The AI of both Allied team members and Nazi soldiers is remarkable (they get dopier on the easy difficulty levels). Nazis duck, run, hide, and plan attacks against you. Some of these attacks are implemented with real lethal cunning, yet sometimes they just run in front of your weapon and wait to be shot. They will surprise you quite often by the things they do... without giving away too much (the example cited next is an obvious one), expect to have your own grenades thrown back at you a lot.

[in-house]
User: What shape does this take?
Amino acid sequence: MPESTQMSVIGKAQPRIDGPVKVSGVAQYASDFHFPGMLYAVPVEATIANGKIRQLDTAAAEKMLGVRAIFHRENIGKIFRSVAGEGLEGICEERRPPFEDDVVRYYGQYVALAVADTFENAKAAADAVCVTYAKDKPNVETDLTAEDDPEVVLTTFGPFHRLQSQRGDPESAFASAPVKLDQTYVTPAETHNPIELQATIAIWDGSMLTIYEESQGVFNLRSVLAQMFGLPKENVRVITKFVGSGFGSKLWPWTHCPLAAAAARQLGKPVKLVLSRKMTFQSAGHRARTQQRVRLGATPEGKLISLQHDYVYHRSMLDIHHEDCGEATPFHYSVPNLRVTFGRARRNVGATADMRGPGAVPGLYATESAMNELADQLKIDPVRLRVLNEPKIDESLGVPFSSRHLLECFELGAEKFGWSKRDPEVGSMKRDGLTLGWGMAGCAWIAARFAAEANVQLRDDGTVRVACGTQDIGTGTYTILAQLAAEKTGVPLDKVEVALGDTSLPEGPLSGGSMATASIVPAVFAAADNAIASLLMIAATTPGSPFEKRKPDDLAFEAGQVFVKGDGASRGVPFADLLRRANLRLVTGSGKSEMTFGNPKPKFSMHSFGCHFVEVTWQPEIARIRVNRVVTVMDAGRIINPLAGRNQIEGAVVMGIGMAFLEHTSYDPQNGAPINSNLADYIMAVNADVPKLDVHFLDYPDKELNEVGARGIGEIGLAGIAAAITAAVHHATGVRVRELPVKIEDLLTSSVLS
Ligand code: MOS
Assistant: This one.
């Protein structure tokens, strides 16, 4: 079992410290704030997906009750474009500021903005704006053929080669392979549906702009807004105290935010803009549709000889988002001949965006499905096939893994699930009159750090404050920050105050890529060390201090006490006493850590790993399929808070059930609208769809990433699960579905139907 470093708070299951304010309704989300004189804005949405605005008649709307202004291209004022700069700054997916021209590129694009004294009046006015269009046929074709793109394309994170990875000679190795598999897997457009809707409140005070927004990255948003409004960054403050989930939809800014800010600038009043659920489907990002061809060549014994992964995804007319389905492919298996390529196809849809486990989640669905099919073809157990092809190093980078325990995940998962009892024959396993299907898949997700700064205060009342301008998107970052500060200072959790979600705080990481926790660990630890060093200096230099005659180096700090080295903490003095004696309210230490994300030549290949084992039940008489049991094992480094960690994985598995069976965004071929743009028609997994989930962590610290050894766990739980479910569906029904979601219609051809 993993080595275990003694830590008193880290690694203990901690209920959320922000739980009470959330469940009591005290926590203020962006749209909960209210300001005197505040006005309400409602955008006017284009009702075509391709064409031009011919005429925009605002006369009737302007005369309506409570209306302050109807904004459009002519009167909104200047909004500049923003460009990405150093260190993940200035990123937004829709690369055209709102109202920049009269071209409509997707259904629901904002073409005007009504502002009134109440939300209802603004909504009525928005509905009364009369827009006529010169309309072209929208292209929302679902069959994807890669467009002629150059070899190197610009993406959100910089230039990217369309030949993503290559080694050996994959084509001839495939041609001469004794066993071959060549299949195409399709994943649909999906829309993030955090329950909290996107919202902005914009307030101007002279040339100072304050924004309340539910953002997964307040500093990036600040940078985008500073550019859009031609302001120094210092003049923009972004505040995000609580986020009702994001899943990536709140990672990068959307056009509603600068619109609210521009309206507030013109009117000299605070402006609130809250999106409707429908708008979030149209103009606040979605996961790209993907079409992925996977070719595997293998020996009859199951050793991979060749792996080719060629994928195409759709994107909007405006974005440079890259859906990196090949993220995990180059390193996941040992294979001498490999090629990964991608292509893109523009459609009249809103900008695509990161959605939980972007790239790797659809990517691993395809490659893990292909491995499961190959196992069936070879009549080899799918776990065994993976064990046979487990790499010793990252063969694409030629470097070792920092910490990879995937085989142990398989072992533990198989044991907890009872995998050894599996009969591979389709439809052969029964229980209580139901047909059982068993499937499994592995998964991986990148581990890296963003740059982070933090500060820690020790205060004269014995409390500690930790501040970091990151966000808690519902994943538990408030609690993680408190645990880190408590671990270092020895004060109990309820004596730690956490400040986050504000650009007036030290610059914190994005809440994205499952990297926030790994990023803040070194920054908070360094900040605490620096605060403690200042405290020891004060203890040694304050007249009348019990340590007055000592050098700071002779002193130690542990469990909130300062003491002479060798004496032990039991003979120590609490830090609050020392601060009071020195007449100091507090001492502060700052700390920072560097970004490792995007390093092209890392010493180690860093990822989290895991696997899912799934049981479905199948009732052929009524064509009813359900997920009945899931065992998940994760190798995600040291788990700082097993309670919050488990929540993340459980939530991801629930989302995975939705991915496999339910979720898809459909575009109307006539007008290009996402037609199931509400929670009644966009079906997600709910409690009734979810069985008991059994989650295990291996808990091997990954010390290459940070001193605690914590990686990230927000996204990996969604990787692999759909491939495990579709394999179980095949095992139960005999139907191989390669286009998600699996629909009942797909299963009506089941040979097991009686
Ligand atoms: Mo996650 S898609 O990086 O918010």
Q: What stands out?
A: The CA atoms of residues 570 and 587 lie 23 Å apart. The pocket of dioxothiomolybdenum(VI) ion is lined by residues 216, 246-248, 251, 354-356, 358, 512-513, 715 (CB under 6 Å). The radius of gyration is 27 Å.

Ever since the release of Valve's Half-Life, much ado has been made about the interaction with NPCs, and how scripted events can enhance the overall storyline of a title. This reviewer has played just about every single FPS to come down the pike, and although Half-Life and titles of its ilk have their excellent points, MOH: AA was able to provoke an emotion that no NPC or scripted event has been able to achieve in the past... fear. You will start several missions as one member of a squad or team, and you will have the pleasure (?) of watching all of your friends die in front of you. Most of the time these events are scripted to happen this way, leaving you as the lone survivor who must accomplish the mission without anyone's help, but there will be many times throughout this title that you just may find yourself replaying the mission in an effort to find out if it is possible to save any of them. During the Omaha Beach invasion (this level drops you, directly, into the first twenty minutes of Saving Private Ryan. This thought will probably be repeated in many reviews you may read of this title, but there is a reason for that... it's absolutely true), your first objective is to get off the damned Higgins boat (the beach barriers sticking out of the sand provide the only shield against the enemy's turrets... just a tip) before you're ventilated, and believe you me, this is not easy. When you eventually do make it to a point on the beach that provides temporary cover, look around. The fallen soldiers are whimpering, the medic to your right administers a health aid to you, and the other soldier to your left is shaking in his boots... literally. He stares back at you with an expression of sheer, stark terror that has to be seen to believed... and all of this is taking place amongst all the gunfire, explosions, and chaos that this little marvel of sound design (persistent wailing, cries of "What do we do, Sarge?", "This is a slaughter!", and "What are we doing here?" echo through the scene both near and far) can throw at you. It took ten minutes, and the death of the quivering soldier to my left, before I touched the mouse again. Yes, this is a computer game you're reading about. Even when the danger is fictional, when lives are destroyed because you goofed, it's a shame.